The order was issued at UCLA and Cal State LA for students and staff who have been exposed to a confirmed case of measles and who can not demonstrate that they have been vaccinated against the highly contagious disease.
Those Students and college students over 100 have been told to stay at home, avoid contact with others, and notify health authorities when symptoms occur.
"Both universities are helping implement quarantine orders and are best-placed to help those who need to be quarantined and campus-based," said Los Angeles County Department of Public Health.
The US Centers for Disease Control and Prevention confirmed the milestone on Wednesday. The agency counted 695 cases in 22 states this year.
A Los Angeles Health Department statement stated that the measures will be implemented at the two universities to "educate students, faculty and staff about the risks of measles after possible exposure to mastication".
"Measles quarantine can last up to 21 days from the date of the last exposure, at which time the exposed person is no longer at risk of developing the disease and spreading measles to other people," the statement said.
Measles are a highly contagious disease caused by a virus that can spread through the air when an infected person coughs or sneezes, or someone comes into direct contact or by germs by touching the same objects or surfaces. The symptoms of measles include fever, cough, runny nose, watery eyes and a rash of red spots.
Measles can remain in the air for up to two hours after a sick person coughs or sneezes, and they can spend many hours on the surface. This makes a college campus particularly vulnerable to the spread of the disease, as many people go in and out of buildings.
In a letter to students and faculty, UCLA Chancellor Gene Block said that the university had been told Monday that a student was getting measles. The student attended the classes at Franz Hall and Boelter Hall for three days – April 2, 4, and 9 – while he was contagious, Block said.
"When UCLA heard about this incident, he immediately identified more than 500 students, faculty, and staff the student might have come in contact with or had otherwise been exposed to," Block said. "They were also informed in detail about treatment and prevention."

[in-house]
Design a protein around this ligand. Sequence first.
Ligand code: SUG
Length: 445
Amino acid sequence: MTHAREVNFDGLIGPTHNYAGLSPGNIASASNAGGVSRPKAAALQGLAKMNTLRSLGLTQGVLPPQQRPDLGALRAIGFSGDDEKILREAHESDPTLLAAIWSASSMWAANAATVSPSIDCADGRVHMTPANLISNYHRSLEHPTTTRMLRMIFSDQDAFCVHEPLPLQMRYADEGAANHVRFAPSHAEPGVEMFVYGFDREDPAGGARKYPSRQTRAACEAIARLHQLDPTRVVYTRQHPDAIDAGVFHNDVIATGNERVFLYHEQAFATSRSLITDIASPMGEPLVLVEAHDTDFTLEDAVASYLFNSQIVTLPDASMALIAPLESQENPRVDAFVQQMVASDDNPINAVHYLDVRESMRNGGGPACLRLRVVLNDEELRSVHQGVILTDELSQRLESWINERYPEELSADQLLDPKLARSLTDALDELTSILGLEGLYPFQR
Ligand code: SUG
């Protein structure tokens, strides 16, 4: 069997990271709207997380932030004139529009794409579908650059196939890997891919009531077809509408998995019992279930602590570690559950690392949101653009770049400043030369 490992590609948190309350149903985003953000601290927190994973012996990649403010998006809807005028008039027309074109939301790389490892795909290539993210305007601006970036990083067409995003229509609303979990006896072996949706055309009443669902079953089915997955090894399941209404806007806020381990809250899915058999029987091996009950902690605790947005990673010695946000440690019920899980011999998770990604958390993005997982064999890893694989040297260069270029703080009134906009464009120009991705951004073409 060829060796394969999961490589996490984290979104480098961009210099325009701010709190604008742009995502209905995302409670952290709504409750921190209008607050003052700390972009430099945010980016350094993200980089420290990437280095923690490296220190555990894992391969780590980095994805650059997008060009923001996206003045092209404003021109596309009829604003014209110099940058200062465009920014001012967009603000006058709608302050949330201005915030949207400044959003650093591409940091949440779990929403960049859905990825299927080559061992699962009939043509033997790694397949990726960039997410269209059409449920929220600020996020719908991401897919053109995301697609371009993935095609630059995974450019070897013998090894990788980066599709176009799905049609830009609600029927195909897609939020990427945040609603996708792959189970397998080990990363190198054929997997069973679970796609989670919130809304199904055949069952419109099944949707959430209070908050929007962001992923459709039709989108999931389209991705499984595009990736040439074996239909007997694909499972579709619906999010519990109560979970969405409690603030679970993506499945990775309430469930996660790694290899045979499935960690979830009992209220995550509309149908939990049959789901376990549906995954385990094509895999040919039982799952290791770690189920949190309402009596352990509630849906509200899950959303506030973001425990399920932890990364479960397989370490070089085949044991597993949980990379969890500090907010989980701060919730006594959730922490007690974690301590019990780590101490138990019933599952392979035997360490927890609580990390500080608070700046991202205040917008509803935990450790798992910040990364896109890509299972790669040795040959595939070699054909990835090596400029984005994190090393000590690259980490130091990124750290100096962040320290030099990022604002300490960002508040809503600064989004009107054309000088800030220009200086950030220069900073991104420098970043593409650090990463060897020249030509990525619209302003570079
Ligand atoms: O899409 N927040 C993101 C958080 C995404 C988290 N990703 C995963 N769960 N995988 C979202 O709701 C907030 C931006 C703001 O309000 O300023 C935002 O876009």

Most people have been evicted, "said the chancellor," but we still have medical records from 119 students and eight faculty members to see if they are immune to the measles. "
"We expect notifying parties to be quarantined for approximately 24 to 48 hours until proof of immunity is established," said Block. "Some may need to stay quarantined for up to seven days, and we have arranged for those living on campus to be looked after during the quarantine at UCLA."
In Cal State, LA, school officials said that measles could have been exposed at the North Library on 11 April between 11am and 3pm.
Library staff, including student employees, "were sent home under quarantine orders and instructed to stay home and avoid contact with other people as much as possible," the university said.
The university did not specify how many people were affected by the quarantine.
"The Department of Health has determined that there is currently no known current risk for measles in the library," the university said.
Meanwhile, state health officials urged Californians on Thursday to ensure that they were vaccinated against measles before traveling, especially at international locations.
The number of measles cases in California more than doubled from 15 to 38 in the past week, said the California Department of Health. Last year there were a total of 11 cases.
Of the 2019 cases, 14 were for international travelers, 22 were to be transferred from travelers to persons in California, and two cases are of unknown origin, according to the Agency.
Health officials also said that a passenger who flew in and out of Los Angeles International Airport on April 18 was confirmed with a measles case, the fourth such case at the airport.
"Vaccination is the only way to make sure that you and your family members do not get measles," Dr. Karen Smith, director of the California Department of Health. "Measles are widely used in many countries so make sure you and your family are fully vaccinated before traveling internationally."